Friday, May 10, 2013

Week 19- Fried Chicken and Buttermilk Biscuits

This week I wanted to make a truly southern meal. We have this cute cookbook, The Pioneer Woman Cooks, that is all southern food. It is a neat book because it follows this big city turned cowboy farm girl. She writes it more like a diary than a cookbook. Out of her book I decided to cook Fried Chicken, Buttermilk Biscuits, and Patsy's Blueberry Cobbler for our big ole meal. It was all so much easier to make than I thought. Just make sure you cook your chicken all the way through!

Fried Chicken

2 cut-up fryer chickens (I used only one chicken)
1 quart plus 1/4 cup buttermilk
5 cups all-purpose flour
3 tablespoons seasoned salt, such as Lawry's
2 teaspoons black pepper
2 teaspoons dried thyme
2 teaspoons paprika
1 teaspoon cayenne pepper, or to taste
1/4 cup milk
canola or vegetable oil for frying (I used half a bottle)

Thoroughly rinse the chicken, then cover all the pieces with the quart of buttermilk and soak in the fridge overnight. When ready to fry, remove the bowl from the fridge and let it sit on the counter for 30 minutes, just to take of the chill.

In the meantime, preheat oven to 350 F and mix up the breading. Place the flour, seasoned salt, pepper, thyme, paprika, and cayenne in a very large bowl. Stir together well.


In the small bowl, combine the 1/4 cup buttermilk and the milk. Pour the milk mixture into the flour and, with a pastry cutter or fork, gradually mix until there are little lumps throughout. This will adhere to the chicken and make for a crispier breading. If necessary, add a little more flour or milk to the bowl in order to make it slightly lumpy.

Heat 1 1/2 inches of oil in a deep skillet or Dutch oven over medium-high heat until a thermometer reaches 365 F. Lower the heat slightly to keep the oil from getting any hotter.


Working in batches, thoroughly coat each buttermilk-soaked chicken piece with breading, pressing extra breading onto the chicken if necessary. Place the breaded pieces on a plate.

Add the chicken to the oil 3 or 4 pieces at a time. Make sure they aren't sticking together, then cover the pan and fry for 5 to 7 minutes, checking occasionally to make sure the chicken isn't getting too brown. Turn the pieces over, cover again, and cook 3 to 5 minutes more. All the whole, monitor the temperature of the oil to make sure the chicken doesn't burn. Keep in mind that we'll finish cooking the chicken in the oven, and it will continue to brown.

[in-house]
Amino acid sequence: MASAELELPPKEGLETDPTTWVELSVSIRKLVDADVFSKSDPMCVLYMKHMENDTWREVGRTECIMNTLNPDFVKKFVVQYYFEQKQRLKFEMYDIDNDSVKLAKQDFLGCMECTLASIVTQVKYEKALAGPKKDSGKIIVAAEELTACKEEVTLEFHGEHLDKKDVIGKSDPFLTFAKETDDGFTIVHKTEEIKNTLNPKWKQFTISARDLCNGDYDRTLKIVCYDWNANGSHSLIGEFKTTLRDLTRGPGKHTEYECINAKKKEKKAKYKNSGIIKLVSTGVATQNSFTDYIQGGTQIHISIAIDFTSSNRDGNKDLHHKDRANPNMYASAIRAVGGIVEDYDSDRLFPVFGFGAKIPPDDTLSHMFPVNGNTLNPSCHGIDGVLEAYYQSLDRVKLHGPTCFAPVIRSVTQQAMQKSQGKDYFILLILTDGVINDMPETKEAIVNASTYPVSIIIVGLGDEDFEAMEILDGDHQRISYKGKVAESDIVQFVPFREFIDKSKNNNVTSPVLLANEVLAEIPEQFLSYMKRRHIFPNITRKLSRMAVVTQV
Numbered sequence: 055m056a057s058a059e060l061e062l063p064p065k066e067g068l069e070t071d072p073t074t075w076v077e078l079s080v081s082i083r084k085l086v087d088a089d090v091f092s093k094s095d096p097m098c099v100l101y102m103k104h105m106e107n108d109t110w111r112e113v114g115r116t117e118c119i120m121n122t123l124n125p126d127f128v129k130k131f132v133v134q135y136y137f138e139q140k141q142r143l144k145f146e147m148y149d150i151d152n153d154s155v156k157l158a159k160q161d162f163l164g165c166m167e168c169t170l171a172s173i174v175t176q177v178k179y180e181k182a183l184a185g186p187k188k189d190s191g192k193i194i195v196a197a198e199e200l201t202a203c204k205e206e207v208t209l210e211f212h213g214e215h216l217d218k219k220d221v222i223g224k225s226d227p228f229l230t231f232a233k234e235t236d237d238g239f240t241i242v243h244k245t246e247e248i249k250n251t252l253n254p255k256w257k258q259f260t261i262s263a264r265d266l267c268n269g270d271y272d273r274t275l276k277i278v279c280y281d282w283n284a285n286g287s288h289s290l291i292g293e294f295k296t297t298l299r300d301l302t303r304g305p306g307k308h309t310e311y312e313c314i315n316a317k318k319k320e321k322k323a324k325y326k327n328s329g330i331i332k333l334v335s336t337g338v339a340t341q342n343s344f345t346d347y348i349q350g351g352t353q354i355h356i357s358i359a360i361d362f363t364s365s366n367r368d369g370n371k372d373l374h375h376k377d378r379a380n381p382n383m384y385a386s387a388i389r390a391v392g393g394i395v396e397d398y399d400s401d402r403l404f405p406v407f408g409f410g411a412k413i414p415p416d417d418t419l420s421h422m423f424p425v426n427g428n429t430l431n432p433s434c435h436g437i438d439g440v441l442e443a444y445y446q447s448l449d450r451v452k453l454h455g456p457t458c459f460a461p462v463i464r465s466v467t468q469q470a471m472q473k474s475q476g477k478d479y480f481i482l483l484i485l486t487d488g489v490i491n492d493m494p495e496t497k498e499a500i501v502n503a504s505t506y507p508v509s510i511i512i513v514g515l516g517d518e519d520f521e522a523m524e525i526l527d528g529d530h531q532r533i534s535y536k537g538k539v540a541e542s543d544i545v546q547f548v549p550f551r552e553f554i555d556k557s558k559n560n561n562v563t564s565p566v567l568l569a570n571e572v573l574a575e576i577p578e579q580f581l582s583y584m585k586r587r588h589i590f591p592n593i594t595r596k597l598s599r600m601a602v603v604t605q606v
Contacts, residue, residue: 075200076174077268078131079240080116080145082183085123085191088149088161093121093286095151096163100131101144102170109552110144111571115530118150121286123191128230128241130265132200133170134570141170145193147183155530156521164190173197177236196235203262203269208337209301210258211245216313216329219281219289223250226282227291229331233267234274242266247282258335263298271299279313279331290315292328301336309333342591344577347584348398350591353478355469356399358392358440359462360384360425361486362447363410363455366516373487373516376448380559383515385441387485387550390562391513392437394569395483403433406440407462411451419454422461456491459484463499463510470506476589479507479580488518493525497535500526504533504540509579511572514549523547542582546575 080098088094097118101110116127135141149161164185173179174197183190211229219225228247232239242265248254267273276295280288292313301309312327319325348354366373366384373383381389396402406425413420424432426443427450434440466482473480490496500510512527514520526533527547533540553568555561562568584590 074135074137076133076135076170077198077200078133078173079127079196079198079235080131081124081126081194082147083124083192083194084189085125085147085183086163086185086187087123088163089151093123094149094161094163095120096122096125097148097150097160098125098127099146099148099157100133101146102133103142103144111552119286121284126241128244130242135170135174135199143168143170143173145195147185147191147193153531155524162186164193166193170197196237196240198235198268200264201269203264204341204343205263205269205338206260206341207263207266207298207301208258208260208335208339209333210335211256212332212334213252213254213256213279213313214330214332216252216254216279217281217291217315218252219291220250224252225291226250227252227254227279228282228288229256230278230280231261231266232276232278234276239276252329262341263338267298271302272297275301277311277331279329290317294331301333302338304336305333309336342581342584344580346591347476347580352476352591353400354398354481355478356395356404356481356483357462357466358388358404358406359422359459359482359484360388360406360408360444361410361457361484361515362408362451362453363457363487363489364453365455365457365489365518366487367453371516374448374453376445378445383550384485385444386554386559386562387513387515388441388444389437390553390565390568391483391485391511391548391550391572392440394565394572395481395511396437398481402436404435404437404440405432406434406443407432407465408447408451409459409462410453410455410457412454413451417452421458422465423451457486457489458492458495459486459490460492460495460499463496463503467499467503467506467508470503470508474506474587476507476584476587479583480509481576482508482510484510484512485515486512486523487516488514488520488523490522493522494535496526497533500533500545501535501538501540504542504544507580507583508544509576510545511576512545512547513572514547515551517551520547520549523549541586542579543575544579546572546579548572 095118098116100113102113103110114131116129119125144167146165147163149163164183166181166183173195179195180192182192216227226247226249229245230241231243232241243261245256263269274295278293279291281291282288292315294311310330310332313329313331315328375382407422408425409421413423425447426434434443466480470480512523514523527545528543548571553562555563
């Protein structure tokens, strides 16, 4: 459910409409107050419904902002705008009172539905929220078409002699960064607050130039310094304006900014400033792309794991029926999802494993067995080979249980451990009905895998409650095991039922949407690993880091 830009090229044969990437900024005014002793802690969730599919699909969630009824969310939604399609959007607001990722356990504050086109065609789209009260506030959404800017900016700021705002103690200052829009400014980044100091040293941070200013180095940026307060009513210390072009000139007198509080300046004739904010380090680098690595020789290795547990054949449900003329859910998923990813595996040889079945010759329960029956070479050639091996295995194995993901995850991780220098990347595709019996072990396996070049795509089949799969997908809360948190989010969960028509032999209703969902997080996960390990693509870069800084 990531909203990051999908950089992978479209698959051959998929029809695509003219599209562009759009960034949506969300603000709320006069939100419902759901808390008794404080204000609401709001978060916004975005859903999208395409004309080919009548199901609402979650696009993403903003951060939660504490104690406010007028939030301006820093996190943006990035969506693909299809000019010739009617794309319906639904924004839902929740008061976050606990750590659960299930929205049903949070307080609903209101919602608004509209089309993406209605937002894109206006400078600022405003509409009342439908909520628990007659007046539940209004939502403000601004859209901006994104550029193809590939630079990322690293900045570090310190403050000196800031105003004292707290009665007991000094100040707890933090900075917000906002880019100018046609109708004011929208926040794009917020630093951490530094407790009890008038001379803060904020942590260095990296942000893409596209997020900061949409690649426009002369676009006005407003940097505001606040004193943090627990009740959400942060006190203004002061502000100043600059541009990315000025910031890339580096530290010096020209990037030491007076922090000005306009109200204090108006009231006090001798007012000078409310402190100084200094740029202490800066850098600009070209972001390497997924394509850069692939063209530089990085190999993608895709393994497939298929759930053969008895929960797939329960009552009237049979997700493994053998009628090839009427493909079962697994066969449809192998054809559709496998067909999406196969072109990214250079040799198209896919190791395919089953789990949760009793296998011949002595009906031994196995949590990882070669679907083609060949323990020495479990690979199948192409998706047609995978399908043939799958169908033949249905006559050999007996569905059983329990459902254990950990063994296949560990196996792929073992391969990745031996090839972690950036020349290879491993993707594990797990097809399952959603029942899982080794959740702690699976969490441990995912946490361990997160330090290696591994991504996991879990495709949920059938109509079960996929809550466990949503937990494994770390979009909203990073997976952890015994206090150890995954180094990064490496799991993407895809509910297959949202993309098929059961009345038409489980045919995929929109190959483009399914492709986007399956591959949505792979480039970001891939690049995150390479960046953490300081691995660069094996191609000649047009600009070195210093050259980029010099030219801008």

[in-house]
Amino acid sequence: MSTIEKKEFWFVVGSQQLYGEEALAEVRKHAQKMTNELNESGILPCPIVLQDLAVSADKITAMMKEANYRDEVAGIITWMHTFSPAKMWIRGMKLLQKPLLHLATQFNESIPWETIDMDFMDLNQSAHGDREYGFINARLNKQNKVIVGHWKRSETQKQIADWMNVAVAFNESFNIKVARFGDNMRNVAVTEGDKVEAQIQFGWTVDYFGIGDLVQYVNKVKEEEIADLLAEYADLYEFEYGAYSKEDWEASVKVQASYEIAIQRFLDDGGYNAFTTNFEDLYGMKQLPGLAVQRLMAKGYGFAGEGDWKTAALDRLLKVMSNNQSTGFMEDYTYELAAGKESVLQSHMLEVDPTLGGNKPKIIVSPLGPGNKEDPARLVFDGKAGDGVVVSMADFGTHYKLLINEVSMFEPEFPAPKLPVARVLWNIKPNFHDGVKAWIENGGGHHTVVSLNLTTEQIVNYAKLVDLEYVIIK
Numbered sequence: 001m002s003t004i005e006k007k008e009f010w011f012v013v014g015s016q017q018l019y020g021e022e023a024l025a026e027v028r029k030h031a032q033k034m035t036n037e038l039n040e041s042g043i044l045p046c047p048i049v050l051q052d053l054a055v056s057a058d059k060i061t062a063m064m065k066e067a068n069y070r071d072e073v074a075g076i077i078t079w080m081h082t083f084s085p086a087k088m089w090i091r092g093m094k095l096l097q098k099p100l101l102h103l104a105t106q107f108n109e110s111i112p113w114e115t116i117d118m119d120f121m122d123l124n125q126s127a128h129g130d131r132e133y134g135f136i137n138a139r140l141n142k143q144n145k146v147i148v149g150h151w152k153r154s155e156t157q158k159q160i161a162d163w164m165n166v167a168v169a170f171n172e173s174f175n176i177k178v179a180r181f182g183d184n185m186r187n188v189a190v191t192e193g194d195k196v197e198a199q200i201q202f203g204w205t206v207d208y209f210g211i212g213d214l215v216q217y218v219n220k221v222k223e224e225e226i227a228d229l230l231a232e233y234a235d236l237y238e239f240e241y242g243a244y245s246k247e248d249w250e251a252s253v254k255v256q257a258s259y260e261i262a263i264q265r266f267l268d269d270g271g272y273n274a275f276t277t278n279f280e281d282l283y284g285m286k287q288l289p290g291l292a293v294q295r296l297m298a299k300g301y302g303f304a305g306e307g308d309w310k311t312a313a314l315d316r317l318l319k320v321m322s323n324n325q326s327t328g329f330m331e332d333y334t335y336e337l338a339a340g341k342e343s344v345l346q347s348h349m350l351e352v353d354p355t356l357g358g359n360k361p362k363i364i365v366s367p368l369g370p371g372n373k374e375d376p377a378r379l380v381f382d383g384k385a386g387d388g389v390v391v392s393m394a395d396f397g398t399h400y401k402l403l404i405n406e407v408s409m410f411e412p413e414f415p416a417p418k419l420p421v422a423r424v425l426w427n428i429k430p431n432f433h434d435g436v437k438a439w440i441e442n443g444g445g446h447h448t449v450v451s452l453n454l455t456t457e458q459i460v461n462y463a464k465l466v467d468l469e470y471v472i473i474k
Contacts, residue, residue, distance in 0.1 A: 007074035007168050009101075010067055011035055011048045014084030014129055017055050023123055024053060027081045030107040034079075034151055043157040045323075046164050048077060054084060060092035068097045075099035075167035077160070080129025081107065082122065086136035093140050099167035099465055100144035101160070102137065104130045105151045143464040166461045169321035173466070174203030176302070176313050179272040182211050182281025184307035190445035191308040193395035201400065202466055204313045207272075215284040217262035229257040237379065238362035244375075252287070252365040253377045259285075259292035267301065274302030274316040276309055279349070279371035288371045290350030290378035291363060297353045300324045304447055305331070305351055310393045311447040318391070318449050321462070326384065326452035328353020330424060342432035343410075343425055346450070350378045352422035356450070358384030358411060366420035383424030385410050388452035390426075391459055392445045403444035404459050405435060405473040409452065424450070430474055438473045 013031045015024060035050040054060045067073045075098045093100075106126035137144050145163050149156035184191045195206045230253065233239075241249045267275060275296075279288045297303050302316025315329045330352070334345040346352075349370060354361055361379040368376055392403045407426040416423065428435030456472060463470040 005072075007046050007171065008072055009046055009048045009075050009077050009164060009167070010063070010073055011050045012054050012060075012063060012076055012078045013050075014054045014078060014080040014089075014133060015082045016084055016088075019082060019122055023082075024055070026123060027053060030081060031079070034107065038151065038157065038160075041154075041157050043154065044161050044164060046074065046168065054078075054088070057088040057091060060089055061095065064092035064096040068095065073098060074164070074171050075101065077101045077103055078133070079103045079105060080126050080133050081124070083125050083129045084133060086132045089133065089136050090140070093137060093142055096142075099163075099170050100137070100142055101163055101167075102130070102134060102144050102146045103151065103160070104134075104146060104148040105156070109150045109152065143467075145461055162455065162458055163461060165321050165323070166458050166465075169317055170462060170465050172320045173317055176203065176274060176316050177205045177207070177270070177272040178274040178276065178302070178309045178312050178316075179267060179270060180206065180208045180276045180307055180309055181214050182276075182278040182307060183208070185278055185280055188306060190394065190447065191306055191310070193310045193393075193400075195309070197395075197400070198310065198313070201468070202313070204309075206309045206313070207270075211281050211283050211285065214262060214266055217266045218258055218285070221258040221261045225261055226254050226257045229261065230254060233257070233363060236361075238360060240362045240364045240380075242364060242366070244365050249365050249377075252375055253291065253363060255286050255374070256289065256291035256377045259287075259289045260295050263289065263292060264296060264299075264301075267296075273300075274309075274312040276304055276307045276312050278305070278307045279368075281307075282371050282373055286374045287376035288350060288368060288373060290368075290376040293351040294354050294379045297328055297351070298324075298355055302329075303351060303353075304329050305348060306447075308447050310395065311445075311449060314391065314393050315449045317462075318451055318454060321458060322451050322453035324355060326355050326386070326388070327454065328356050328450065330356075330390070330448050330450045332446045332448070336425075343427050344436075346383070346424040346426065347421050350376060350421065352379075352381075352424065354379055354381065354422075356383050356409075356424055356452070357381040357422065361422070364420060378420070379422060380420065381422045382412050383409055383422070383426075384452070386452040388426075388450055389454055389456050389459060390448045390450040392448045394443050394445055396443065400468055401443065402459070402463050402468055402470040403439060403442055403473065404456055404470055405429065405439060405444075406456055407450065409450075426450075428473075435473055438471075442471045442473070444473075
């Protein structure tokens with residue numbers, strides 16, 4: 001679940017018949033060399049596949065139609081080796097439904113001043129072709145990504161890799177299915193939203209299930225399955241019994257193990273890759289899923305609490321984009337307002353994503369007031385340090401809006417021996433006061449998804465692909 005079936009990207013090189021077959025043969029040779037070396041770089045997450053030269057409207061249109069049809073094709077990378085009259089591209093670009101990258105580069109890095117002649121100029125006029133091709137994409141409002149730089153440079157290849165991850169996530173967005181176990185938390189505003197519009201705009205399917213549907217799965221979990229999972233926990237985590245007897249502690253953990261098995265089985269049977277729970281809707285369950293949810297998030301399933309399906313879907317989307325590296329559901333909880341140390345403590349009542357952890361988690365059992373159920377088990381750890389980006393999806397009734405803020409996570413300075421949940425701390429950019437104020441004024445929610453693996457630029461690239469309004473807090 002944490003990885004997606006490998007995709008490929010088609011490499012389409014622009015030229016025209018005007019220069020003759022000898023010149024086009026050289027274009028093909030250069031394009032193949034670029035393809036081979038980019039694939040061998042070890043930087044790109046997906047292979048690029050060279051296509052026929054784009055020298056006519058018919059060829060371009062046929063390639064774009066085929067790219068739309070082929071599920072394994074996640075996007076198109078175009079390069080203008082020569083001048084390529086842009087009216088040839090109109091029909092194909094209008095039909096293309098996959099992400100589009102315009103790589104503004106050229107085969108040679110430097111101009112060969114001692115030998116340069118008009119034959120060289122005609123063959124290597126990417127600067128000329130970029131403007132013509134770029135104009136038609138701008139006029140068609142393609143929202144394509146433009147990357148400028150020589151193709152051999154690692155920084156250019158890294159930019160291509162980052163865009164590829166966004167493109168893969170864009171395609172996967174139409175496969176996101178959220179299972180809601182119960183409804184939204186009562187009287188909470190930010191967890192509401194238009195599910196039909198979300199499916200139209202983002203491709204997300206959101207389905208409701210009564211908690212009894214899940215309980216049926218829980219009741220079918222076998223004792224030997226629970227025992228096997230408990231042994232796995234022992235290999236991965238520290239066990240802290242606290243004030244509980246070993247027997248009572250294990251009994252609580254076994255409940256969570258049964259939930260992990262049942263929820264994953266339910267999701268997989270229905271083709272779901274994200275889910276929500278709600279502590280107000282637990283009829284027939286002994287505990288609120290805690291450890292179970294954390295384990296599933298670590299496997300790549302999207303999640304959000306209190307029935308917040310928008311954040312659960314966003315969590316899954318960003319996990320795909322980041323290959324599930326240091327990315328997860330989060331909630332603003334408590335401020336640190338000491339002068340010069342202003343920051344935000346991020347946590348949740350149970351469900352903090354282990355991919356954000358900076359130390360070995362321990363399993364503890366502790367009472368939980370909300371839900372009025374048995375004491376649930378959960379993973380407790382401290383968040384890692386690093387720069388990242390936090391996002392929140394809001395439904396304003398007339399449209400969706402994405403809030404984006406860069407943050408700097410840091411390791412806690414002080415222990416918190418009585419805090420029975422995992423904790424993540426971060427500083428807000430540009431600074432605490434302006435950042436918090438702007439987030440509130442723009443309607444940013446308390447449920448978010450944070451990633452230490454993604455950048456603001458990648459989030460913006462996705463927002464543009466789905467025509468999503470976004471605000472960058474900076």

Place the chicken on a baking sheet and continue frying the rest of the chicken. When all the chicken has been fried, bake the chicken for 15 minutes, to finish the cooking process. Sometimes I'll cut into the thicker part of one of the larger pieces, just to make sure the chicken is cooked through. If any pink is visible, the chicken needs to continue cooking in the oven.


Buttermilk Biscuits

4 cups all-purpose flour
1 1/2 teaspoons salt
2 1/2 teaspoons baking soda
1 1/2 teaspoons baking powder
1/3 cup shortening
1/3 cup butter, cut into pieces
1 1/4 cups buttermilk (If you don't have any, add 1 tablespoon distilled white vinegar to just under 1 cup low-fat milk and stir together)

Preheat the oven to 450 F.

In a large bowl, combine all the dry ingredients. Stir together. Add the shortening and cold butter pieces. With a pastry blender or two knives, cut in the shortening and butter until the mixture resembles coarse crumbs.


Pour in the buttermilk and mix gently with a fork until just combined. The biscuit dough will be sticky, not overly dry or crumbly.


Lightly flour a clean surface. Turn the dough out of the bowl and roll to a 1/3 to 3/4 thickness, depending on how thick you'd like your biscuits to be.


Cut rounds with a biscuit cutter and place them in a baking dish or on a cookie sheet. Bake for 11 to 14 minutes, until golden brown. Do not underbake or the biscuits will be doughy.



It was a delicious southern meal! We didn't have a biscuit round, so I used a flower cooke cutter. Made the biscuits festive! Check out my next post for the blueberry cobbler!





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